30 Jul 2017
I recently treated a human.
What? A human?
Yes! A real human that was actually happy to have me work on her!
Here’s the story. The human in question is a therapist that works with me at my clinic. She was walking her dog, and her arm was out to the side and yanked backward horizontally all of the sudden when her dog at the end of the leash ran backwards to get away from a charging terrier! It sore a bit then, but no pop, and no excruciating pain. However, by the next day her shoulder was ANGRY! Road-rage kind of angry! Any movement cause pain. Doing nothing was painful. Everything was painful. Off to the doctor she went, who prescribed Naproxen and figured that an ultrasound would be in order, and provided a requisition. But the pain was just intense. So, I offered to have a look, and to my surprise, she took me up on it! (My human skills are rusty, but they’re still in there – deeply ingrained!)
Okay, so when I saw my co-worker, yup, she was in pain. Any touch to the shoulder was painful. Supraspinatus, infraspinatus and all anterior, lateral, or superior pressure was painful. A tendon tear didn’t make sense given that the pain took a day to come on. I thought her shoulder felt to sit a bit anteriorly, and so I jumped into treatment mode. Did I do all the tests? No. Did I do a full screen? No. Did I go with my gut, base my decision on past experiences, and decide that treating trumped all else? Yes. Sometimes, but not always, but sometimes you just get a feeling that fixing the situation and treating the pain is the right thing to do - first! Before all else! To put the patient through a myriad of tests would have cause more pain and would not change the plan. So why go there?
I tried tractioning the shoulder (i.e. pulling down on the arm)… that caused jolts of pain. I tried distracting the shoulder… that caused Turrets Syndrome! So, between the two of us (since she’s a physio as well), we decided that her shoulder needed to be glided posteriorly. She ‘felt’ that the humeral head was jammed up against her acromion. I said some prayers in my head, and she mentally prepared… and I glided posteriorly. I ‘grade 4’ed’ that sucker! I had to grab onto the bed with my other hand (since my abs are still healing from the surgery)! She called for a time out… and when we both recovered, her shoulder was in a different position! Okay, it still hurt, but it felt different. I decided to ‘let it breath’ for a few minutes and lasered the living daylights out of it. (Multiple points & many repetitions, 4 x 250mW, Continuous wave, 40 seconds, delivering 10J/cm2 per point, but likely delivering nearly 1000 J or more of energy in total – using my Spectravet Laser… shhhh, but it works great on humans too!)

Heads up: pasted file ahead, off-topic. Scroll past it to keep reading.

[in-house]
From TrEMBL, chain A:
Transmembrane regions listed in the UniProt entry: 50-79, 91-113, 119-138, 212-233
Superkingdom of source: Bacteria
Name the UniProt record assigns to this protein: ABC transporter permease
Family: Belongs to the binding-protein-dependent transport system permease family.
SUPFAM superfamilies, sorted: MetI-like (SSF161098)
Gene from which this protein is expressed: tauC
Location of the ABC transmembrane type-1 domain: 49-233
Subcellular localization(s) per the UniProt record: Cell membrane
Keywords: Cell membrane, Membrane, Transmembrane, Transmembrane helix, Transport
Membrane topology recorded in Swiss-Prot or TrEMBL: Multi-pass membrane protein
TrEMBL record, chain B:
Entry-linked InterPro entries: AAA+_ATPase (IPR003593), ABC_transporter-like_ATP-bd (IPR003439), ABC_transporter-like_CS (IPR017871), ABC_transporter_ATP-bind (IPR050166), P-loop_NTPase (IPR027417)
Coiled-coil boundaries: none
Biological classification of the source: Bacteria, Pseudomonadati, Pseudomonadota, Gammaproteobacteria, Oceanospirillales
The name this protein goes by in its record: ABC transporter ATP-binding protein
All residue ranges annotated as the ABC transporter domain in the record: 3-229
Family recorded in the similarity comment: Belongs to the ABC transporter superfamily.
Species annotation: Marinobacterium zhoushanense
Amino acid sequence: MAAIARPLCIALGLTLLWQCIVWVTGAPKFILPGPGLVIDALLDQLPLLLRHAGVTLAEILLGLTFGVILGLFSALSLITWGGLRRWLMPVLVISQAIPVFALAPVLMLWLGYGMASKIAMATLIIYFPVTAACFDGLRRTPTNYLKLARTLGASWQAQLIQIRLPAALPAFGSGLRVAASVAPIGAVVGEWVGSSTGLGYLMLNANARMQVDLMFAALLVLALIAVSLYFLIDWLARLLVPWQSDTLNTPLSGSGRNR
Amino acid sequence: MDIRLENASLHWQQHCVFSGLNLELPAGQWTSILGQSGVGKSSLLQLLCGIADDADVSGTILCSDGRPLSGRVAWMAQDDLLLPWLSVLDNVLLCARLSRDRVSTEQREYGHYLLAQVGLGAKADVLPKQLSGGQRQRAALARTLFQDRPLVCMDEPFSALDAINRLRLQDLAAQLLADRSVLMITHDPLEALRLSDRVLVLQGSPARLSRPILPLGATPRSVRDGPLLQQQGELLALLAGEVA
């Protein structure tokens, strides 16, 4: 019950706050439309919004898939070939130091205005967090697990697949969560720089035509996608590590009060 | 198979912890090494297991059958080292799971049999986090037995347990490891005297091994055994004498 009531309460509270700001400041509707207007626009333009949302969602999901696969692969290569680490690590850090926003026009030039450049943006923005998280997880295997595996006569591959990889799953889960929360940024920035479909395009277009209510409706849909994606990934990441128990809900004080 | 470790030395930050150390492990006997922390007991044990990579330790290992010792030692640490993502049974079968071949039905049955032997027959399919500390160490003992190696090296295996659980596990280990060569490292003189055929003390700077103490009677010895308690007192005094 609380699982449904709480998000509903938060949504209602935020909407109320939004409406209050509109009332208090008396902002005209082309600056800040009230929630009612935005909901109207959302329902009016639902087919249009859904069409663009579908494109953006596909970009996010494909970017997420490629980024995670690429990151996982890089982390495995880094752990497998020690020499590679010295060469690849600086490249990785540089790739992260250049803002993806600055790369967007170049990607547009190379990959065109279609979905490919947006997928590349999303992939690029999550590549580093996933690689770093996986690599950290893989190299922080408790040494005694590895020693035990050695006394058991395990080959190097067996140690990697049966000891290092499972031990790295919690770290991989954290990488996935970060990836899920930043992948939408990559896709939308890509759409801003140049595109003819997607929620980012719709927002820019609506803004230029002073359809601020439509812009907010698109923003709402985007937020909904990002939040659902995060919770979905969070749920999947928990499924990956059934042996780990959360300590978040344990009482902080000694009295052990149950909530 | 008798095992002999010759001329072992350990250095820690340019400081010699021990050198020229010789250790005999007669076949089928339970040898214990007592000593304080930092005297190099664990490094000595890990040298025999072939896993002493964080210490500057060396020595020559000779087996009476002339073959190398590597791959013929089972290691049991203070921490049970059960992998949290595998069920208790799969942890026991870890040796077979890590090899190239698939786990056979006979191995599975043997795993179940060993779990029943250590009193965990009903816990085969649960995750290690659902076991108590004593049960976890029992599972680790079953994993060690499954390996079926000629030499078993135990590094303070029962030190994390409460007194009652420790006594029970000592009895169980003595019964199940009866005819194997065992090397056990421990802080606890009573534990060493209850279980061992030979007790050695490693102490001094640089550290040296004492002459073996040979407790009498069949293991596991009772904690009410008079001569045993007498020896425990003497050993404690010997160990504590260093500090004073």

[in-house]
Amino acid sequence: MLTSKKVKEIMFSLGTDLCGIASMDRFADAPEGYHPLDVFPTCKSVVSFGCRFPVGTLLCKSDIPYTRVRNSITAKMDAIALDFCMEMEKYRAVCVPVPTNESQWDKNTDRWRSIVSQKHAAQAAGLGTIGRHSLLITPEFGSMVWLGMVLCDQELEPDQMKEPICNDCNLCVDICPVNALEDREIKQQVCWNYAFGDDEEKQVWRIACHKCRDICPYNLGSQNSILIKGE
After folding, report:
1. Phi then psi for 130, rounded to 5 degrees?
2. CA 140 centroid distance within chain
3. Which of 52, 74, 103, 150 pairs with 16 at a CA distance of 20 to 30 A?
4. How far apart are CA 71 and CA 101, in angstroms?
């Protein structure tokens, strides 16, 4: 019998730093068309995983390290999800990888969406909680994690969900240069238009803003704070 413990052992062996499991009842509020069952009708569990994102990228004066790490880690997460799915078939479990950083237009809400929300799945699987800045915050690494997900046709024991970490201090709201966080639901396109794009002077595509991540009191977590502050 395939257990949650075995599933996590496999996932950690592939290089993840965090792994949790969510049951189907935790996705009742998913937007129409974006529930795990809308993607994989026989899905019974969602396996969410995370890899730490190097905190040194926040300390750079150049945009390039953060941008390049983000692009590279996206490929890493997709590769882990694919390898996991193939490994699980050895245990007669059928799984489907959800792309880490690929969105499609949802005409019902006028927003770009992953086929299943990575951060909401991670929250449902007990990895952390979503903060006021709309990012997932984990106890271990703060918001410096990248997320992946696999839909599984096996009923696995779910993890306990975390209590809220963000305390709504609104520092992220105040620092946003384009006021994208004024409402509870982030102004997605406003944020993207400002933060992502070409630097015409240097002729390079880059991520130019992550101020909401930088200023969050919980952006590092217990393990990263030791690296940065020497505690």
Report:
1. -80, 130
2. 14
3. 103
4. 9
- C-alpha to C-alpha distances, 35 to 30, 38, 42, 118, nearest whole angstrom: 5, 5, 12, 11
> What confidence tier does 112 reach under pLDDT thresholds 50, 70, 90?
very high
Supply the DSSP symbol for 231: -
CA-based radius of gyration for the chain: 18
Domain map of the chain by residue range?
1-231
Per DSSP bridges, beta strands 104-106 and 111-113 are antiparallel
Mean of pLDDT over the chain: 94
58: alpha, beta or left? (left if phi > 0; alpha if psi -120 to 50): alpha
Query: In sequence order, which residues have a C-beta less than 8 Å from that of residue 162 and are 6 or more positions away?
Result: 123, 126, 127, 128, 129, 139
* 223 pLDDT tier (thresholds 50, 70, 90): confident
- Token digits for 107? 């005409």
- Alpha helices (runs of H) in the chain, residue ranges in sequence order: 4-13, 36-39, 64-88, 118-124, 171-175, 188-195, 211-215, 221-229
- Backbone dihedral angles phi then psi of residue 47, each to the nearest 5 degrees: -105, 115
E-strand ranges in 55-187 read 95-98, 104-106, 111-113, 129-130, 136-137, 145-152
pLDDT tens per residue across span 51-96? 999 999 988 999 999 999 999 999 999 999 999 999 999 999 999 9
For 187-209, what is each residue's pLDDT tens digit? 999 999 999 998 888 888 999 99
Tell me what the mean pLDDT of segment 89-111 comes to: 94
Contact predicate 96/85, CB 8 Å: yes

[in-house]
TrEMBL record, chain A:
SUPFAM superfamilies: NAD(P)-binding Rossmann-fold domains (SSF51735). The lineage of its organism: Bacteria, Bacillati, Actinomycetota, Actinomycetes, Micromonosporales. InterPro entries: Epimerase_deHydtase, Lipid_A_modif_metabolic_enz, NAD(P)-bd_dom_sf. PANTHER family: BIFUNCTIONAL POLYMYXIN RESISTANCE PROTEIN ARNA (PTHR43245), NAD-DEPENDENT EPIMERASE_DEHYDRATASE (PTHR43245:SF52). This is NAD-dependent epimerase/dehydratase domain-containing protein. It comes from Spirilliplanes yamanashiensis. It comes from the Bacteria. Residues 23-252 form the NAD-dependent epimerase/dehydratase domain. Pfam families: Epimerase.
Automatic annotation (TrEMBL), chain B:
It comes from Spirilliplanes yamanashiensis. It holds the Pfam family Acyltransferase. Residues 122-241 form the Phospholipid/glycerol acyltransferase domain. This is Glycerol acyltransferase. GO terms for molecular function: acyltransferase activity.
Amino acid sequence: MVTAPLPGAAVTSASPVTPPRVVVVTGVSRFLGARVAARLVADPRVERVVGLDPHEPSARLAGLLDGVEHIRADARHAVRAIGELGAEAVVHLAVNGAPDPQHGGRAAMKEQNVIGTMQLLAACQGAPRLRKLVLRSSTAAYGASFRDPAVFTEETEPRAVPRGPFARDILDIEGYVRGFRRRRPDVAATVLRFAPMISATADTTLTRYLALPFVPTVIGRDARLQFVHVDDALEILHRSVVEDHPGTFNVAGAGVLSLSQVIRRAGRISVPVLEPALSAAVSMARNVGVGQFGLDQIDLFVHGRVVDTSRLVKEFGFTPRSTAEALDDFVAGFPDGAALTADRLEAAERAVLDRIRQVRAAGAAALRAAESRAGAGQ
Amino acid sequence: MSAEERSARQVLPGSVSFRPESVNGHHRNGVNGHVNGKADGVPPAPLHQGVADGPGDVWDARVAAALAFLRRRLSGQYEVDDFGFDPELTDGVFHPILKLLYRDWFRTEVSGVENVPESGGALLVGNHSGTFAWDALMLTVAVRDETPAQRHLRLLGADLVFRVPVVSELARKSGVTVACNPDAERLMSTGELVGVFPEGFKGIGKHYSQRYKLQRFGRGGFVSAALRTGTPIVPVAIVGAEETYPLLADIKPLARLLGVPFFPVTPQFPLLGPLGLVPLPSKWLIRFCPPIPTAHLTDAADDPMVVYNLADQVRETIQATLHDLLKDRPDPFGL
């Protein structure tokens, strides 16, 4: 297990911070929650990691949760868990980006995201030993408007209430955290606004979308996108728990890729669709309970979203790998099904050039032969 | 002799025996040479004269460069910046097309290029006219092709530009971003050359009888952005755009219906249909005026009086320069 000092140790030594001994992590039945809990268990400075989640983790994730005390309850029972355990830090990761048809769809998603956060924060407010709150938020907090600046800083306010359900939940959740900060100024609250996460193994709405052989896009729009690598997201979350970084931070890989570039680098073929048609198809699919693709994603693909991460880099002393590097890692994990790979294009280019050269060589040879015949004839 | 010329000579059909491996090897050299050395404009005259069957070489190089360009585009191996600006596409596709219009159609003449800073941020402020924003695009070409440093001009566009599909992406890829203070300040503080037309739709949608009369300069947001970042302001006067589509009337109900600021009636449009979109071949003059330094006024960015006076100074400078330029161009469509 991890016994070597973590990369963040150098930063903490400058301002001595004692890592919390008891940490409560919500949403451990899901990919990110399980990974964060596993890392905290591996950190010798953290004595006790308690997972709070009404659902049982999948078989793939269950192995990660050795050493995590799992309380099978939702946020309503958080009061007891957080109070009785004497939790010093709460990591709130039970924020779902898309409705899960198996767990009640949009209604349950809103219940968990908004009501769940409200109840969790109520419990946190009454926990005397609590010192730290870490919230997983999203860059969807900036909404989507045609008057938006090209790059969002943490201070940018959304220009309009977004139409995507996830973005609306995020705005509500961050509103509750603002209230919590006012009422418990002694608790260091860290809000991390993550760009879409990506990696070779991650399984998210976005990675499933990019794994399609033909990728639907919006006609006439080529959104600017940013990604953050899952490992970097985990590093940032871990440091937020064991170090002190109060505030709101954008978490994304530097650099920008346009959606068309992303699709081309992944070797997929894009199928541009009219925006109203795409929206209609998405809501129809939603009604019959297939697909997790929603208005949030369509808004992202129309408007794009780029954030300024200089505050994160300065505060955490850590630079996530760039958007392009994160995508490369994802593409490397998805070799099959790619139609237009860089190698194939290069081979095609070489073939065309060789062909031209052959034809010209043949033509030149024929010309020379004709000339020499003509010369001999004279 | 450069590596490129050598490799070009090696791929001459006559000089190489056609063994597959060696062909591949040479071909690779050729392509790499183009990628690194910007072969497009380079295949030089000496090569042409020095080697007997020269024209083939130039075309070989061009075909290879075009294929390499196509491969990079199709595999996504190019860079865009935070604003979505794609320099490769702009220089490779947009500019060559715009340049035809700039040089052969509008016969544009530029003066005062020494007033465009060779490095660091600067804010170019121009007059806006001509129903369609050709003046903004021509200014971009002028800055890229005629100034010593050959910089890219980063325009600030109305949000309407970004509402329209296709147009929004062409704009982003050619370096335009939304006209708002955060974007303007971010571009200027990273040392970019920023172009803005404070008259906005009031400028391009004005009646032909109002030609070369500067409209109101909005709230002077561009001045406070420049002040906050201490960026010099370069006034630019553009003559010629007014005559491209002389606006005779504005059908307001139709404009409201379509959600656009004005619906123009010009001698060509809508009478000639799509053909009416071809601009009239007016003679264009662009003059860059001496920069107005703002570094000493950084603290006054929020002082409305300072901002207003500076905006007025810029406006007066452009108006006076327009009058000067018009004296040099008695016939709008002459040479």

By the time I reassessed for tenderness at the end of the session, the Turrets Syndrome was completely resolved!! I could palpate tendons, I could gently glide the glenohumeral joint, and my coworker felt hopeful! Naturally, it would take a bit more time for the inflammation to settle, but now the Naproxen could actually be helpful!
The moral of the story! 1) Sometimes you have to just treat what you suspect to be the root of the problem and/or the pain before you can do anything else. 2) Sometimes your ‘gut’ is your best diagnostic tool. 3) Sometimes attempting to treat what your ‘gut’ thinks the problem is, confirms (or negates) your suspected diagnosis.
So, there you go… I’m still learning from my human patients!
Until next time… Cheers! Laurie
Tags: Trial & Error , Trial & Success , Turret's Syndrome , pain management , manual therapies , laser , human lesson
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